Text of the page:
How Is Hypochondria Diagnosed?
Hypochondria is typically diagnosed with a combination of evaluating symptoms and ruling out other possible diagnoses. For instance, hypochondria shares a lot of symptoms in common with obsessive compulsive disorder (OCD), but the two disorders have very different therapeutic treatments.
Since OCD tends to be the broader and more generally disruptive disorder, it needs to be ruled out before a hypochondria diagnosis is made. Your doctor may recommend you be evaluated for anxiety if they suspect you may have hypochondria based on your symptoms, but a true diagnosis of hypochondria usually needs to be made by a licensed therapist, psychologist, or psychiatrist.
Types Of Therapy For Hypochondria
There are a few different options when it comes to hypochondria treatment, and you may need to try a few different treatments before you find what works best for you.
Cognitive Behavioral Therapy (CBT)
Cognitive behavioral therapy is used for a wide variety of disorders. It may be appropriate for people who have both hypochondria and another mental health disorder, or for people who have complex reasons behind their hypochondria.
Bibliotherapy relies on books, poems, and other forms of media as a therapeutic approach. Certain pieces of media may also be used as a grounding technique or a way to de-stress at the moment. It can be used in combination with other therapeutic approaches.
Behavioral Stress Management
This gives patients more tools and techniques to directly manage their stress levels and intervene in anxious or harmful thought processes. It may be used on its own or as a way to help stabilize patients dealing with extreme stress or anxiety before moving on to other therapeutic techniques.
Sometimes the most helpful thing is hearing from other people in a similar position and talking to them about their experiences. This kind of therapy can be done on its own or in combination with other therapies and offers both therapy and a sense of community for participants.
How To Deal With Hypochondria
There are a few ways to deal with hypochondria on your own while you look for or are in treatment for the disorder. Most importantly, don’t research symptoms. While being medically informed is usually a good thing, looking up specific symptoms can give your mind a lot more information to make you anxious or to make you think you have specific diseases.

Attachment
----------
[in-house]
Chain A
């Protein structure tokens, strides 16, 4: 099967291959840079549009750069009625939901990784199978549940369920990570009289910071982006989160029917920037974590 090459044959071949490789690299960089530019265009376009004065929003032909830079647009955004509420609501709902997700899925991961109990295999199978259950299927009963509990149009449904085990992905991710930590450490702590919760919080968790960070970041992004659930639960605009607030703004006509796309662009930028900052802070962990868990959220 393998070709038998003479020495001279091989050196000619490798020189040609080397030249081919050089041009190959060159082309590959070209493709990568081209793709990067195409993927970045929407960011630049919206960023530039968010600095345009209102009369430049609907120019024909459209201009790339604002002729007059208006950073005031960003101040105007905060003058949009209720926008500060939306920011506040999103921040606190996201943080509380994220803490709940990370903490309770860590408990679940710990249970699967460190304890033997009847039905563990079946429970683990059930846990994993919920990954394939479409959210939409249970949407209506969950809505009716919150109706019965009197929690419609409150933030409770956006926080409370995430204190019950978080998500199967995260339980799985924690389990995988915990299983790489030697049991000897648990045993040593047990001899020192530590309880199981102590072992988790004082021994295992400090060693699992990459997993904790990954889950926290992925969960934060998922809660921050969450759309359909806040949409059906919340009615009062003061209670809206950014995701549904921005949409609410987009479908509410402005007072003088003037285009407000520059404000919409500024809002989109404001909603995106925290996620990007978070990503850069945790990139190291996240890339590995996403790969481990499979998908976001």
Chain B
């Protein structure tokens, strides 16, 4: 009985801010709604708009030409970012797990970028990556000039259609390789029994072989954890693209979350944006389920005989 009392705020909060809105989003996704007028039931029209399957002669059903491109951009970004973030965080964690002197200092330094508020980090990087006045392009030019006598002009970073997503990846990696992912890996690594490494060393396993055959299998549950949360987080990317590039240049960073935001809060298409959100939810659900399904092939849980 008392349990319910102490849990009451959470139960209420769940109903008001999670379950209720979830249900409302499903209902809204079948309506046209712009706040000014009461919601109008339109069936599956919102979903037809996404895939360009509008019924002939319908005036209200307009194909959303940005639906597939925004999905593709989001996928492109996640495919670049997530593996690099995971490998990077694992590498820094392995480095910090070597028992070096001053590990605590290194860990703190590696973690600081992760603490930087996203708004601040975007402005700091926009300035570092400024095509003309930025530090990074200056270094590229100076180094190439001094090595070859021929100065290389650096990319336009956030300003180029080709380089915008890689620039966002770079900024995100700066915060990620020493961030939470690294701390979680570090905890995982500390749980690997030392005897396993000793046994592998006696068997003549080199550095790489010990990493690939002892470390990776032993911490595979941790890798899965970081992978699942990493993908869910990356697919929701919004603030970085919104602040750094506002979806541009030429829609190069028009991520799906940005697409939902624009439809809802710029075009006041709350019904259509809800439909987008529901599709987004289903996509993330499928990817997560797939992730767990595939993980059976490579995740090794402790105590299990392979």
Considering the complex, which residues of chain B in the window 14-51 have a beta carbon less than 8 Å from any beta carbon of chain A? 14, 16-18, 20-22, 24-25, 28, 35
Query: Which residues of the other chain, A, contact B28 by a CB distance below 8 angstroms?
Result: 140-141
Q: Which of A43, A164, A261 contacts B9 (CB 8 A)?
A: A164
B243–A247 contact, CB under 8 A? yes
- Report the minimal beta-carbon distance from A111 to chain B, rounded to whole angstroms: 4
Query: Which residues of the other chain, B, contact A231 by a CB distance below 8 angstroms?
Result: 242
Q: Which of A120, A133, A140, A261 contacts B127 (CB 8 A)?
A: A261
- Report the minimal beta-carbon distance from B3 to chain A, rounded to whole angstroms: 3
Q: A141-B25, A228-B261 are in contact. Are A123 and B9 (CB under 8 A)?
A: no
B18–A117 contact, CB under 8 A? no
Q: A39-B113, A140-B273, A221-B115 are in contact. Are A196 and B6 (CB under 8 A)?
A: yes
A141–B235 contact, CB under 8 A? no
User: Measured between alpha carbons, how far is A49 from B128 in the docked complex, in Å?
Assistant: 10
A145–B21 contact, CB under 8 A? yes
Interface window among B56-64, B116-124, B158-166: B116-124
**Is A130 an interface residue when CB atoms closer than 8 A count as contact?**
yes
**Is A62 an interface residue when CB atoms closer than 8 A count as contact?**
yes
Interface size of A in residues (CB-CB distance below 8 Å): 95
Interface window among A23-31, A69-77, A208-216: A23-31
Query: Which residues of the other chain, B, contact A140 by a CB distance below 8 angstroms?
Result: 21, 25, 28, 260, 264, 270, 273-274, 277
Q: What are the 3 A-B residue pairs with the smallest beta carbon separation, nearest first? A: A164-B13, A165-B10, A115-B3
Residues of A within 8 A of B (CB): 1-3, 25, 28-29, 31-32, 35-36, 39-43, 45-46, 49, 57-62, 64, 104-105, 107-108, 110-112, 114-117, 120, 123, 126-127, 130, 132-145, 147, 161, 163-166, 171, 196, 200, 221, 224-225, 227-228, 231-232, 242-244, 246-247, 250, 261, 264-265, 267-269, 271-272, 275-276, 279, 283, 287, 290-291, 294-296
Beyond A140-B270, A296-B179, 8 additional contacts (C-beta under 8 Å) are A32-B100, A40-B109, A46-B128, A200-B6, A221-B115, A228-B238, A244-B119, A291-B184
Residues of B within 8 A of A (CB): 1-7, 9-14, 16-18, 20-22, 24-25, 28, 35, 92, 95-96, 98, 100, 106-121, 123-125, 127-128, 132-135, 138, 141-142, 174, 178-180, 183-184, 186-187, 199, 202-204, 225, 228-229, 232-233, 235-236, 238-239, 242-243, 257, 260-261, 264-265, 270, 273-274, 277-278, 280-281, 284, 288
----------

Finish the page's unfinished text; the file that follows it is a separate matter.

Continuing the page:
You should also look for support from friends, family, or local support groups that can help you deal with your fears and keep you grounded. Lastly, you should talk to your doctor about what you’re feeling and your concerns. They’ll be able to recommend more treatment options and local solutions that can help you feel better and recover from or manage this disorder.
Get Help for Hypochondria At Soledad House
Soledad House provides women-centered care in a safe place away from outside stressors and causes for your hypochondria. Since hypochondria affects more women than men, it may be especially helpful to work through the worst symptoms of this disorder and start on the path to recovery in a women-only group.5
We offer a wide range of therapeutic techniques and programs for women, and we’re certain that we can offer appropriate treatment for your needs, whether you have hypochondria on its own or are also dealing with other mental health or substance use disorders. Contact Soledad House to learn more about our treatment options, how intake works, and why we focus on providing a space of healing specifically for women.
- 2 https://www.medicinenet.com/what_makes_a_person_a_hypochondriac/article.htm
- 3 https://www.ncbi.nlm.nih.gov/books/NBK554399/